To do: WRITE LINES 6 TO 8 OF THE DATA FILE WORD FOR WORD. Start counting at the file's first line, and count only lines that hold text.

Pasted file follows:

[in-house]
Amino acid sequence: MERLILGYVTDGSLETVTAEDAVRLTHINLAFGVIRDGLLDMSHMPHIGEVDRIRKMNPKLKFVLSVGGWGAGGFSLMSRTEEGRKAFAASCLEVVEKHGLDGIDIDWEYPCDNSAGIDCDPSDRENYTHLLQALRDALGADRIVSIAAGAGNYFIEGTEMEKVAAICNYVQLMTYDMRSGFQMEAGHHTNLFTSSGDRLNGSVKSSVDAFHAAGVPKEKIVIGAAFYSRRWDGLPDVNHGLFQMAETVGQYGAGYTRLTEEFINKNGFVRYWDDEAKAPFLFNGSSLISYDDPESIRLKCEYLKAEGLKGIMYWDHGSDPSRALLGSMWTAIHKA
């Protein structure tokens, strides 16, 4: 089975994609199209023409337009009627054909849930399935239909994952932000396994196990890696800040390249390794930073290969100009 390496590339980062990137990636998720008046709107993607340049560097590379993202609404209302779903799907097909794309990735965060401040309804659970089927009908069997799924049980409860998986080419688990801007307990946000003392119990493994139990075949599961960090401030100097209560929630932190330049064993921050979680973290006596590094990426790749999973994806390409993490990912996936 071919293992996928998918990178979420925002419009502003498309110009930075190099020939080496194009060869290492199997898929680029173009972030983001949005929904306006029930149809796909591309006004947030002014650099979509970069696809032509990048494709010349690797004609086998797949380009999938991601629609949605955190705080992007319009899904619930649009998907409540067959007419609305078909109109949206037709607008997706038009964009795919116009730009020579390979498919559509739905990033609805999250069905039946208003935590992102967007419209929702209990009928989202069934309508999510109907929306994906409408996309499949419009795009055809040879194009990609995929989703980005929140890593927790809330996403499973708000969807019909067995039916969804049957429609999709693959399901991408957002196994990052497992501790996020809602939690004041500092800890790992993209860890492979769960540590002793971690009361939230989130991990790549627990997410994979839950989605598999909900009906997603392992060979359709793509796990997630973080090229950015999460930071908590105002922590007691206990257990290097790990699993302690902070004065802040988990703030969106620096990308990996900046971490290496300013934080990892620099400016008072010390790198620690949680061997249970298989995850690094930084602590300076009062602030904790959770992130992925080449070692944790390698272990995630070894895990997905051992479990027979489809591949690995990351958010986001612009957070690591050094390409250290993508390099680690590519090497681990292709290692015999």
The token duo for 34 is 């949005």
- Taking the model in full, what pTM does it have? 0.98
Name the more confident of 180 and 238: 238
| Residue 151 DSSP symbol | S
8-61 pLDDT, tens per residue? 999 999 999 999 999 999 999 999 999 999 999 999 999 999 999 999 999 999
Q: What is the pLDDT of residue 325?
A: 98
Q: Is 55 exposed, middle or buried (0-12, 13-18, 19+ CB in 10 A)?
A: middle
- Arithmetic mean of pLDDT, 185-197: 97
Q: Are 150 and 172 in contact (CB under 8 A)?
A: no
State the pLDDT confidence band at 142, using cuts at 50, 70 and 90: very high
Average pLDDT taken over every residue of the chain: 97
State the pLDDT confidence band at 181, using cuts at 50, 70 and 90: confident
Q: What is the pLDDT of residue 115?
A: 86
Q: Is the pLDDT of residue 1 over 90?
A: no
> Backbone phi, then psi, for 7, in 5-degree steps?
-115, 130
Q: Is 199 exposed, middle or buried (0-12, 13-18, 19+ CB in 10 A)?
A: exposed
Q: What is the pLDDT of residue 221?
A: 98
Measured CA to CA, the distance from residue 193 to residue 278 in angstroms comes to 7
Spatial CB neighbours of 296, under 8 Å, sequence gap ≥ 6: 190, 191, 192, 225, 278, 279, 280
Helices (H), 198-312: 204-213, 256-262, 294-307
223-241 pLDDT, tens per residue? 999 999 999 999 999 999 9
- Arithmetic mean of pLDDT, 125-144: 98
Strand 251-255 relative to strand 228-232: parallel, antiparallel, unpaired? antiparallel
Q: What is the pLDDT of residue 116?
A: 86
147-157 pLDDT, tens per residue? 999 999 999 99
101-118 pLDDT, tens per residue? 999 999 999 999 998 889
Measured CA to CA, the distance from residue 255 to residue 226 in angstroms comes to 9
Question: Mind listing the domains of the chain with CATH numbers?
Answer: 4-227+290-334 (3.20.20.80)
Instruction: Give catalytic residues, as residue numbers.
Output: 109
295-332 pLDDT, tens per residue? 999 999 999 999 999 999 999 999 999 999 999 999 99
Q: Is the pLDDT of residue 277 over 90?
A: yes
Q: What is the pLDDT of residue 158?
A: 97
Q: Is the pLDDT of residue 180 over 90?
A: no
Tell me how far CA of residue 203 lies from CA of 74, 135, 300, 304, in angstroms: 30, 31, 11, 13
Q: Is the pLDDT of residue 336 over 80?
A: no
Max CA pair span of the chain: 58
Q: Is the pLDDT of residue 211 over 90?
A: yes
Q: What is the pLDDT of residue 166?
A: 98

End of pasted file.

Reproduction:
Name the more confident of 180 and 238: 238
| Residue 151 DSSP symbol | S
8-61 pLDDT, tens per residue? 999 999 999 999 999 999 999 999 999 999 999 999 999 999 999 999 999 999